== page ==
Video Production, Video Production Advice & Tips

How Long Should Your Testimonial Video Be?

Testimonial videos should be captivating to serve its purpose of convincing other people to patronize your product. Because we are living in the digital age, testimonial video is one of the best marketing tools that you can use to advertise your company products and services. For a testimonial video to be more effective, it should run for less than a minute.

The “less than a minute rule” is the best guide for determining how long the testimonial video should be. This time frame is just enough to show that people who used your product are happy with the results.

According to a survey conducted by animoto.com, 37.9% of consumers think that a 30-second commercial is effective while another 35.9% of the respondents agree that an effective ad should be between 30 to 60 seconds. Only a few percentage of the consumers think that a testimonial video needs to be more than one minute to be effective.

The length of the video greatly affects its effectiveness. Most audience members find a very long ad to be mundane and boring. A very wordy commercial loses grip of the audience’s attention. Try to maximize the testimonial video with more visuals rather than voice. Then limit the video in less than a minute run to guarantee it brevity without losing its efficiency. If you’re under a strict budget, cheap video production is actually your friend here. Since you’ll want to be as concise as you can, you’ll use the tools around you more effectively and still remain within budget.

To make a short yet effective testimonial video, follow these simple tips:

  1. Make a short storyboard. Keep it short and simple. Target the main point of the testimonial quickly.
  2. Keep the viewer engaged. When making a testimonial, ask yourself: What does the viewer want to know about the product? How will the product help them? What is it about the company that can make a difference to the viewer’s life?
  3. Establish credibility. You want the viewers to identify your product right away. Through a testimonial from your customer, make the script convincing. The script should be delivered as natural as possible to make it believable. The more natural a script is, the more that the viewers will be inclined to believe your video. Getting their trusts is the best way to turn them into a real buyer.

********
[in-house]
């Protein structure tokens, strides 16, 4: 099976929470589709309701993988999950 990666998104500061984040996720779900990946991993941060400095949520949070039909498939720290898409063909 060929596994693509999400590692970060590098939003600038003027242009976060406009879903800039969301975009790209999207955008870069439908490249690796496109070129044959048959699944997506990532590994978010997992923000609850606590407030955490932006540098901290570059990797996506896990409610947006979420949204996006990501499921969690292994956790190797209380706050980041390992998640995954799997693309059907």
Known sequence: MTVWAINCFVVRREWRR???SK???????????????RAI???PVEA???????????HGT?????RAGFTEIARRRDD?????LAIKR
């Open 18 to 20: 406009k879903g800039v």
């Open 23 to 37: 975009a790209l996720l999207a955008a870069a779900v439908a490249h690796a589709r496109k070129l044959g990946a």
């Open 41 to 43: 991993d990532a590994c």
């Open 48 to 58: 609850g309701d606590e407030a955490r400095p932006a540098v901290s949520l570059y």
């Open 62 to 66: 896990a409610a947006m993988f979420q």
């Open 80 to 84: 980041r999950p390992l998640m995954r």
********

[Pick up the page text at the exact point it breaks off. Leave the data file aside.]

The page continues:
4. Make the production effectively. Record the testimonial in a place devoid of noise. It should be quite enough for the viewers to listen to the testimonial without interruption. Make sure that the video is clear as well. Take notice of the lighting, the color quality and the syncing of the voice and music to the video. Nobody likes to watch a crappy video even if it only runs for one minute.
Learning & Education, Video Production, Video Production Advice & Tips

Best Angles to Use When Filming an Interview

In delivering the right information to the public, the best thing to do is to interview an authority about the subject.  An interview is intended to make the source available in public eyes as he gives the information. It is the best way to build credibility and accuracy to a report.

A filmed interview with the source needs to be caught at the right angle to make the whole interview interesting for the viewers. If the shot is poorly executed, the audience will be distracted and will not focus on the message of the subject. No matter how meaty the message was, the audience will remember more of the poor shot rather than the substance of the information.

To prevent this from happening, as a cameraman, here are some of the things you need to remember.

1. Camera at eye level of the interviewee. It is normal for the subject not to look at the camera but on the interviewer (the one asking the question). So the interviewer needs to stand or sit just to the left or right of the camera so that the subject will appear as if he is looking at the camera. This makes the audience feel comfortable because it appears that the subject is looking at them. Being eye-level makes the subject avoid appearing as if he is looking up or down at someone.

2. Rule of thirds. Create a three imaginary vertical section on your frame. Place the subject on the third row opposite the other third row from where he is looking at.  Examples, if your subject is looking at the right side, place the person being interviewed in the left third of the frame.  This gives you an impression that the image is balanced and there is no “dead space” behind the person being interviewed.

3. Your angle should find a good background for your subject. Don’t place your subject in front of a boring, plain white background. Do not also take a rowdy crowd as his background. A very simple and a very crowded background both provide distractions to the viewers. Position the camera in such a way that you can avoid these kinds of background.

4. Consider doing two shots. You might consider involving you’re the interviewer in your shot as well. Here, rules number one and two will not apply as both the subject and the interviewer needs to share the same amount of frames and will normally look at each other.